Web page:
Australia Unveils Southeast Asia Economic Strategy to 2040
On September 6, 2023, Australia’s government announced its ‘Southeast Asia Economic Strategy to 2040’ with the aim to deepen the country’s economic and trade engagements with the region.
By 2040, Southeast Asia is expected to have the world’s fourth-largest economy, with a compound annual growth rate of four percent between 2023 and 2040. The region thus offers opportunities for Australian businesses in a variety of sectors in Southeast Asia ranging from green energy to infrastructure to healthcare. As such, two-way trade could reach A$465 billion (US$302 billion) by 2040, an increase from the current level of A$287 billion (US$186 billion).
Under the 2040 economic strategy, the Australian government has identified several priority sectors that can help boost trade between Australia and Southeast Asia.
Key highlights of the priority sectors
Agriculture and food
Australia is already an important contributor to Southeast Asia’s food security needs, particularly for wheat, beef, and live cattle. Approximately half of the country’s wheat exports go to Southeast Asia, dominated by Indonesia, Vietnam, and the Philippines.62 percent of Australia’s total cattle and beef exports.
Southeast Asia faces significant challenges in transitioning to clean energy, particularly since most countries in the region rely on fossil fuels for their energy needs. The region faces the additional challenge of rising energy consumption which is expected to double by 2050 – the region requires approximately 350 billion cubic meters of natural gas alone by that year.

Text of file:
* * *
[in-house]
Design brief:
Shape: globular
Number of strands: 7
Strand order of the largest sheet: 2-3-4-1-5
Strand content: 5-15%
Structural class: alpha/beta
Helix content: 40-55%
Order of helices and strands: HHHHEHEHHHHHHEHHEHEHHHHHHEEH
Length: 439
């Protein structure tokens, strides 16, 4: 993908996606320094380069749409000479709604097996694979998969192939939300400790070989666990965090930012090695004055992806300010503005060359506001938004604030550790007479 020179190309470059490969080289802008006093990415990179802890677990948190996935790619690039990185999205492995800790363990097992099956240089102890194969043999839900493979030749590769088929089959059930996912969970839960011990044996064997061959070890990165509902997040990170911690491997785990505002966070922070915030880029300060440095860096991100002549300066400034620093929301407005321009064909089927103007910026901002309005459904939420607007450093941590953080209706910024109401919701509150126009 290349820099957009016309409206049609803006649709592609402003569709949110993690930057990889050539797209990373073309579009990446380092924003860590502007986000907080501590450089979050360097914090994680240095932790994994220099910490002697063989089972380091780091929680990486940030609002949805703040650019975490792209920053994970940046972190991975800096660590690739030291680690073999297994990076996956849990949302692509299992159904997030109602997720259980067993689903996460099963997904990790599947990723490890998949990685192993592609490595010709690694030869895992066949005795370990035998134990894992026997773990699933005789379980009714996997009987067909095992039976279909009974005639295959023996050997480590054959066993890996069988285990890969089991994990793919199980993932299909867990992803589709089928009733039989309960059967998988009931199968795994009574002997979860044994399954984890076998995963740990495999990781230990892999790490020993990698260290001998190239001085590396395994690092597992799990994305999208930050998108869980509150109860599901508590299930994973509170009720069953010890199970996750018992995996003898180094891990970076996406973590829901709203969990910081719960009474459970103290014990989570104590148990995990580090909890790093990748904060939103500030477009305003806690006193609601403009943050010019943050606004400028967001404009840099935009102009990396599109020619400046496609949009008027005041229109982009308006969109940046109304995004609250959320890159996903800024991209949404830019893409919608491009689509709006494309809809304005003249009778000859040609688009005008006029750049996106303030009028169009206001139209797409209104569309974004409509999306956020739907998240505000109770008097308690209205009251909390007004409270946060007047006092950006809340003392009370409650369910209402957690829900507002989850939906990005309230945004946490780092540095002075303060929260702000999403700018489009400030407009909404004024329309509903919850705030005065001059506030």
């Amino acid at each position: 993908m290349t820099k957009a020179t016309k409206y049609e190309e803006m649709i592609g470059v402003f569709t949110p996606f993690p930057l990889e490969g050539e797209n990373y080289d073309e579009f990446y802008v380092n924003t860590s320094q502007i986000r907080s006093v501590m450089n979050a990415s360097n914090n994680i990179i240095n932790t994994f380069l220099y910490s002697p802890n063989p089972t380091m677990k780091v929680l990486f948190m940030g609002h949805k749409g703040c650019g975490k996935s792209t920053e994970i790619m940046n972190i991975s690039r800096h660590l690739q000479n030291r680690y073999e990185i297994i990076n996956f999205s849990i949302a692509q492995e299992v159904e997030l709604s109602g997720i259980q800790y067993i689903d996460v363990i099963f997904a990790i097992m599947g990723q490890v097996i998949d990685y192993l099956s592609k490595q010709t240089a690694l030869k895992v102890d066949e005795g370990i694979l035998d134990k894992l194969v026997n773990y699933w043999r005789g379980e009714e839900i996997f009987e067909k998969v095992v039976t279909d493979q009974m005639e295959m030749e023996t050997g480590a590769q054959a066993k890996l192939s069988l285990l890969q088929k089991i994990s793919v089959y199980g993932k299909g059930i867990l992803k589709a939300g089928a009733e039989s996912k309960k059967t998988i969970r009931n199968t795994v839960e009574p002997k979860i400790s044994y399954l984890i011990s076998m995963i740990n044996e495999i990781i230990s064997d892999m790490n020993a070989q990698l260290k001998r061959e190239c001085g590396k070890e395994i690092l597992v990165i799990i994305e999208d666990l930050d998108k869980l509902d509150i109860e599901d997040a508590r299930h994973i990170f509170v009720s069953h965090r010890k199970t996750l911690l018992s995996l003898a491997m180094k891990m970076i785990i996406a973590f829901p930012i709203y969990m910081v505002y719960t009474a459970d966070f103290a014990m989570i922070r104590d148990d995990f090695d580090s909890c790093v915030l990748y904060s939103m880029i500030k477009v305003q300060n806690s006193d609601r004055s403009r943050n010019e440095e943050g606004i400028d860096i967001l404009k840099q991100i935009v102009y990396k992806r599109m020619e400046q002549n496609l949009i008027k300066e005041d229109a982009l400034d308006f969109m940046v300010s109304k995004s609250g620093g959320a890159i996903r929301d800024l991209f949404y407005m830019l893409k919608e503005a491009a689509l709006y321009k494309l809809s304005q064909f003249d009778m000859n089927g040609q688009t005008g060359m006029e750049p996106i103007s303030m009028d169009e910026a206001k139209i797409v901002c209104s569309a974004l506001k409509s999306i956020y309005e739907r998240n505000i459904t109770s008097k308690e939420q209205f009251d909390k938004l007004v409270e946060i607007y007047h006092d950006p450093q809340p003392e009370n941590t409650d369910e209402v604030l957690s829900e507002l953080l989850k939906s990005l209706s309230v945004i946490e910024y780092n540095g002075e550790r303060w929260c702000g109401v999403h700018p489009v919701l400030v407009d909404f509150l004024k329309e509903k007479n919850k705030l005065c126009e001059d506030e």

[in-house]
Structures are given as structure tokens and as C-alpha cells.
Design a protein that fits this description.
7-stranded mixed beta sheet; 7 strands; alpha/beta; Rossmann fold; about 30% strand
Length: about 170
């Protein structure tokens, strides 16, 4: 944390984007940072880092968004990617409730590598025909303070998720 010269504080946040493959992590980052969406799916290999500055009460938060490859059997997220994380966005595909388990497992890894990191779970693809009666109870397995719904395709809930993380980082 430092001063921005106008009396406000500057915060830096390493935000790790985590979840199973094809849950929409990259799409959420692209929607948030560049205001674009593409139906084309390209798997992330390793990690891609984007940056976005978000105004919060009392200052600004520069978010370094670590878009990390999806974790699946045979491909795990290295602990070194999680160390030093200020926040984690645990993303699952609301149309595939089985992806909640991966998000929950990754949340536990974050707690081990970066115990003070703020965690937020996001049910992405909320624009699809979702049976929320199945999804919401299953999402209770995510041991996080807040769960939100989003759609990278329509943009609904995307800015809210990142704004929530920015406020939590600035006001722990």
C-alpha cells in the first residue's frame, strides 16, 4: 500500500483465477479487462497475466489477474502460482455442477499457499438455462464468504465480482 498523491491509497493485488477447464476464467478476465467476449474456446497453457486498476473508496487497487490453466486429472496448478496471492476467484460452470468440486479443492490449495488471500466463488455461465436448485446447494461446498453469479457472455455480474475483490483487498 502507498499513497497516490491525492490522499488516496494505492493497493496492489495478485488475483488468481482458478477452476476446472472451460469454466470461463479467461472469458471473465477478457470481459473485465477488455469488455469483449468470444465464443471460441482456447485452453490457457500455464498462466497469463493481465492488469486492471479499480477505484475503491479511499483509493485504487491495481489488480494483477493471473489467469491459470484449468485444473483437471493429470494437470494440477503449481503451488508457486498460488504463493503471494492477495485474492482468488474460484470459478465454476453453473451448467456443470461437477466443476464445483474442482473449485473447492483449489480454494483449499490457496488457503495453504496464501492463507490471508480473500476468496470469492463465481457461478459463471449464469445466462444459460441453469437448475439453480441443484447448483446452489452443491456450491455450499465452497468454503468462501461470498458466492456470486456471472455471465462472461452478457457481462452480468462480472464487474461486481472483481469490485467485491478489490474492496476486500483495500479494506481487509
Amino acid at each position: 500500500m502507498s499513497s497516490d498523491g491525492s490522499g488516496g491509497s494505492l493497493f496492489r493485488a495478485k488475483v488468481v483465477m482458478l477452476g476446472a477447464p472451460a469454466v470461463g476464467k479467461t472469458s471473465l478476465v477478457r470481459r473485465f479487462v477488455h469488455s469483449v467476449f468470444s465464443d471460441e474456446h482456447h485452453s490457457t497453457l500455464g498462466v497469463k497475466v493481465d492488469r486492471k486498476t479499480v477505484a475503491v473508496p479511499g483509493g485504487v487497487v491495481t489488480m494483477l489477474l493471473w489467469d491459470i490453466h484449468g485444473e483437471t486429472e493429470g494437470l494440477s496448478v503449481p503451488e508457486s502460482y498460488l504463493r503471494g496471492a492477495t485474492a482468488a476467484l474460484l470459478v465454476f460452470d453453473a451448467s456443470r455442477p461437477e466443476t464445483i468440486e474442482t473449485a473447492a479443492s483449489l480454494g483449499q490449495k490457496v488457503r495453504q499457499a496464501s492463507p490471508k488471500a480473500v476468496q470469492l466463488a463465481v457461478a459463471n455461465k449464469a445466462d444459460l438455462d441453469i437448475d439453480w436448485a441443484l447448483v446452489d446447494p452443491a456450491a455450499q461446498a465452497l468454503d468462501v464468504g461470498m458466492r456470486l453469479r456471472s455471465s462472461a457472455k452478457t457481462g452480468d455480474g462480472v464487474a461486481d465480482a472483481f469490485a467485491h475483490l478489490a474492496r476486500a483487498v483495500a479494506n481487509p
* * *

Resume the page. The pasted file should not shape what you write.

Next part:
This presents huge investment opportunities for Australian businesses that provide sustainable, low-emission technologies. Cross-border electricity trading is one of the most effective ways to increase the use of renewables throughout Southeast Asia. The region requires an estimated 464 gigawatts of new electricity capacity by 2050, with an estimated 60 percent coming from renewables.
The Australia-Asia Power Link is one such project in the works which aims to deliver power from the world’s biggest solar farm in Australia to Singapore, via Indonesia, through undersea cables. Once completed, the project could supply up to 15 percent of Singapore’s energy requirements.
Southeast Asia needs some US$3 trillion for infrastructure to keep pace with its economic development and demographic changes. Further, the region is poised to have a population of an estimated 766 million people by 2040, thus placing greater stress on cities and urban areas. Without significant investments in infrastructure will lead to greater pollution, congestion, and unequal access to basic services. Congestion in Indonesia’s capital, Jakarta, costs the economy an estimated US$5 billion per year, a significant amount considering the city accounts for one-fifth of Indonesia’s economic activity. The Philippines could lose approximately US$197 million per day due to congestion by 2035.